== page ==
Thirty women delivered ≥34 weeks of gestation (group A), and 14 women delivered <34 weeks of gestation (group B). Table 2 shows the comparison of maternal demographics and pregnancy outcomes between two groups. There were no statistical differences in maternal demographics between two groups. Gestational age at cerclage, cervical length at cerclage, and cervical length at post-cerclage showed no significant differences between two groups. No significant difference in pre-cerclage labs was detected between two groups. The mean gestation age at delivery in group A was 37.7 weeks, whereas that in group B was 26.9 weeks. The major causes of preterm birth in group B were preterm premature rupture of membrane, chorioamnionitis, and preterm labor. There were significant differences in pre- and post-cerclage CRP between two groups: The mean pre-cerclage CRP in group A was 1.1 mg/dL, whereas that in group B was 11.4 mg/dL (P<0.001); The average post-cerclage CRP in group A was 0.6 mg/dL, whereas that in group B was 7.4 mg/dL (P<0.001). Both group showed decreased post-cerclage CRP level compared to pre-cerclage CRP level. However, it was not a statistically significant decrease (P=0.07). Fig. 1 demonstrates the negative correlations between pre- and post-cerclage CRP and latency from cerclage to delivery (r=-0.82, P<0.001; r=-0.70, P<0.001, respectively). Patients with lower pre- and post-cerclage CRP showed less preterm birth following UIC. We constructed receiver-operating characteristic curves of pre- and post-cerclage CRP to predict delivery <34 weeks of gestation. Area under curves of both pre- and post-cerclage CRP were significantly large (Fig. 2). Both pre- and post-cerclage CRP were useful in the prediction of preterm birth after UIC.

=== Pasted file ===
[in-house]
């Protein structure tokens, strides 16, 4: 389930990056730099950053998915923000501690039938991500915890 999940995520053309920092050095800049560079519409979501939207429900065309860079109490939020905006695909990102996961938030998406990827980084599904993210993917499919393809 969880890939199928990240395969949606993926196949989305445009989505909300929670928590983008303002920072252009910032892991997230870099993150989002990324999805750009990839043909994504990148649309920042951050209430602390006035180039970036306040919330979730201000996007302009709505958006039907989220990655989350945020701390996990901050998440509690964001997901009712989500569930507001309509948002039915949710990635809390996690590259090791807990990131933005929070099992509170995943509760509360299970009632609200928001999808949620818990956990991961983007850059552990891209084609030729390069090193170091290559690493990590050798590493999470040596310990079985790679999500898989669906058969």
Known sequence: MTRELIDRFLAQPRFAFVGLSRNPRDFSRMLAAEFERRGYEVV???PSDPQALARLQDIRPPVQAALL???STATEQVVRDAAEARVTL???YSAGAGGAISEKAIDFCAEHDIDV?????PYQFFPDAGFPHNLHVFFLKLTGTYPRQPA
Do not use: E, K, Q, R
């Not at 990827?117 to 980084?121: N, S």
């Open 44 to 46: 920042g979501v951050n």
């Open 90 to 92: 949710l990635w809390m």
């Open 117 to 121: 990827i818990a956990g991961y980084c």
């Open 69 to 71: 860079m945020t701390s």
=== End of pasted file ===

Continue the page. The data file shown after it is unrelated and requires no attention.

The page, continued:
Discussion

The present study suggests that both of pre- and post-cerclage CRP are useful in predicting the risk of preterm birth following UIC. Women with lower pre- and post-cerclage CRP is likely to prolong pregnancy after UIC.